The attitudes of millennials ­toward marriage are getting harder and harder to understand.

This is a demographic whose economic prospects have never looked good.

They are coming of age at a time when college tuition is at record levels, student debt has surpassed a trillion dollars, houses (even after the bubble popping) are unaffordable, unemployment remains stubbornly high and wages have stagnated in recent years.

It’s no wonder they’ve been nicknamed “The Screwed Generation.”

So you’d think that if research shows there is something that could be a surefire way of improving their economic lot, they would grab hold of it like a life preserver. Well, you’d be wrong.

In fact, research has shown marriage to be responsible for the significant creation of wealth — yet millennials don’t seem interested. The average age of a first marriage for men is 29 and for women it’s 27. Many are simply not marrying at all.

Almost half of children born to women under 30 are out-of-wedlock births now, according to a recent study by Child Trends, a Washington-based research group.

Data collected by Ohio University’s Jay Zagorsky in 2005 concluded that those who remained single had slow, steady wealth accumulation — from less than $2,000 at the start of the surveys up to an average of $11,000 after 15 years.

By contrast people who stayed married showed a sharp increase in wealth accumulation after marriage, growing to an average of about $43,000 by the 10th year they were together.

According to Zagorsky, married people increased their wealth about 4 percent each year just as a result of being married, with all other factors held constant.

In other words, it’s certainly true these days that people who get married are more likely to have money in the first place. But even controlling for that it seems that tying the knot gives people at all income levels an advantage.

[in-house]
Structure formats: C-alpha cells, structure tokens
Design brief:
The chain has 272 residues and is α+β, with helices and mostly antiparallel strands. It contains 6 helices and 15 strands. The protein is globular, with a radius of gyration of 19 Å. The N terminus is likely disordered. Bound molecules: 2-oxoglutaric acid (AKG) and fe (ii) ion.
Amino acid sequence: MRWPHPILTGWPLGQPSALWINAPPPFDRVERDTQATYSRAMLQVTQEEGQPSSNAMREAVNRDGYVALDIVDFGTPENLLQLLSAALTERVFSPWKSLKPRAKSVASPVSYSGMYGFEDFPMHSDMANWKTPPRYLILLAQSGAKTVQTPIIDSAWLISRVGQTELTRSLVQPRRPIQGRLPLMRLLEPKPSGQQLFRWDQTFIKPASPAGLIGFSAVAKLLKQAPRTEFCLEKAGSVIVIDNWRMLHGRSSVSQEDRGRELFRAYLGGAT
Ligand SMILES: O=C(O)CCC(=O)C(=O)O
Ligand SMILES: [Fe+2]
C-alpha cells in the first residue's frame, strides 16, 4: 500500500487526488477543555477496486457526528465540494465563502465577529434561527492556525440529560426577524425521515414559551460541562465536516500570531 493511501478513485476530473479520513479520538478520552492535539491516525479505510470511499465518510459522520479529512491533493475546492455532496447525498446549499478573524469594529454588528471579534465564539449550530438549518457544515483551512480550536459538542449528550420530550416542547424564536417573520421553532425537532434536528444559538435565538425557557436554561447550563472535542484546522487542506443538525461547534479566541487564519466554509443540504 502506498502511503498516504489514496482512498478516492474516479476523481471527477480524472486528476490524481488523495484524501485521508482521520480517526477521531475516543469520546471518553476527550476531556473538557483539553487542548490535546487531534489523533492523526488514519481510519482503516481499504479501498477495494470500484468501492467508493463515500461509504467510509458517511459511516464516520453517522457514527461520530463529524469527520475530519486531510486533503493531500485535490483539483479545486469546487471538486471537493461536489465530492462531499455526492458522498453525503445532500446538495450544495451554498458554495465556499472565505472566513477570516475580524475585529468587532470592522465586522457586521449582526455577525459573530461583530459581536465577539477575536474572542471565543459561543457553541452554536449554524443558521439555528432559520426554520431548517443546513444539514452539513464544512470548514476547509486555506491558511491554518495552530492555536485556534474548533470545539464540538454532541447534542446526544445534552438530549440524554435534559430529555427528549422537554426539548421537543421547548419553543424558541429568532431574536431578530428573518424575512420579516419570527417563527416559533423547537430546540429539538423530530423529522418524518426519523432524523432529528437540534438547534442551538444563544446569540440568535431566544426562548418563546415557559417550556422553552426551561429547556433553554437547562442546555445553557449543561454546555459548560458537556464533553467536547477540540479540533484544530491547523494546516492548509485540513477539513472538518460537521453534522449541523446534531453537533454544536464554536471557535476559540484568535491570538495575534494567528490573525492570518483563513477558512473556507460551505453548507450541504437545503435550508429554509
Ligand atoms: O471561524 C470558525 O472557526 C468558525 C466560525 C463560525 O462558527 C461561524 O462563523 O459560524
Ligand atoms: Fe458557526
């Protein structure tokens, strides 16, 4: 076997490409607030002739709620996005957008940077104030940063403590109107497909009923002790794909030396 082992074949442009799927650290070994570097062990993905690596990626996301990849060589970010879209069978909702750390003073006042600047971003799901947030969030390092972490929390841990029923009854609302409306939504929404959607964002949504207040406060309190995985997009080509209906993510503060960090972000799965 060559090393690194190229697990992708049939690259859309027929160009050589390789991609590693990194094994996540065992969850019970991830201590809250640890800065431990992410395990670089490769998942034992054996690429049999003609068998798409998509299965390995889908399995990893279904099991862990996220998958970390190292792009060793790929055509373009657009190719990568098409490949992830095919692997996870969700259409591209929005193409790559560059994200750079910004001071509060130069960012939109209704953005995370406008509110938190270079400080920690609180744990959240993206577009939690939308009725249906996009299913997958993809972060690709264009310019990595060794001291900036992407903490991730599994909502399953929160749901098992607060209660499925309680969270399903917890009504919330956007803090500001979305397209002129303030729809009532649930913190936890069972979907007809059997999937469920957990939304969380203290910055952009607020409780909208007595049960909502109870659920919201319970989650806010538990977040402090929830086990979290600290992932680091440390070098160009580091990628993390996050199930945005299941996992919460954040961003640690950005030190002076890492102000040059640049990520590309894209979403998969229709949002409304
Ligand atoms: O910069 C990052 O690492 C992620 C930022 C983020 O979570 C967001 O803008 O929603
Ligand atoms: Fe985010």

In part, that is because of economies of scale — you only have one place to maintain. But why doesn’t that advantage work for cohabitating couples?

Well, for one thing, many couples living together are doing so precisely because they’re not sure if the relationship is going to last.

Meaning that men and women are less likely to sacrifice for the greater economic good of the relationship if they have one foot out the door.

Indeed, young couples often say they are ready to have kids together but are not sure about the whole walking-down-the-aisle thing.

A 28-year-old woman recently explained to NPR that she didn’t even consider marrying the father when she found out she was pregnant.

“It changes the dynamic of the household,” she says. “I had a friend who put off her marriage. Got pregnant, and she’s like, ‘Let’s just wait, ’cause we don’t know if we’re going to be able to make it through this.’ ”

You don’t know if you’re going to make it through raising a child together, so you have the child but you don’t get married?

It’s like a recent episode of Judge Judy where one of the claimants tells the judge that he’s not in a “serious” relationship with the other one.

“You have a kid together. How could it not be serious?” she asks with typical head-smacking obviousness.

Of course, the biggest economic (and social) benefits of marriage are the ones that are passed on to kids. Children of married parents are more likely to graduate high school, less likely to go to jail and more likely to delay sexual activity.

And, of course, children of ­unmarried parents are more than five times as likely to live in ­poverty.

Looks like The Screwed Generation is raising the really screwed one.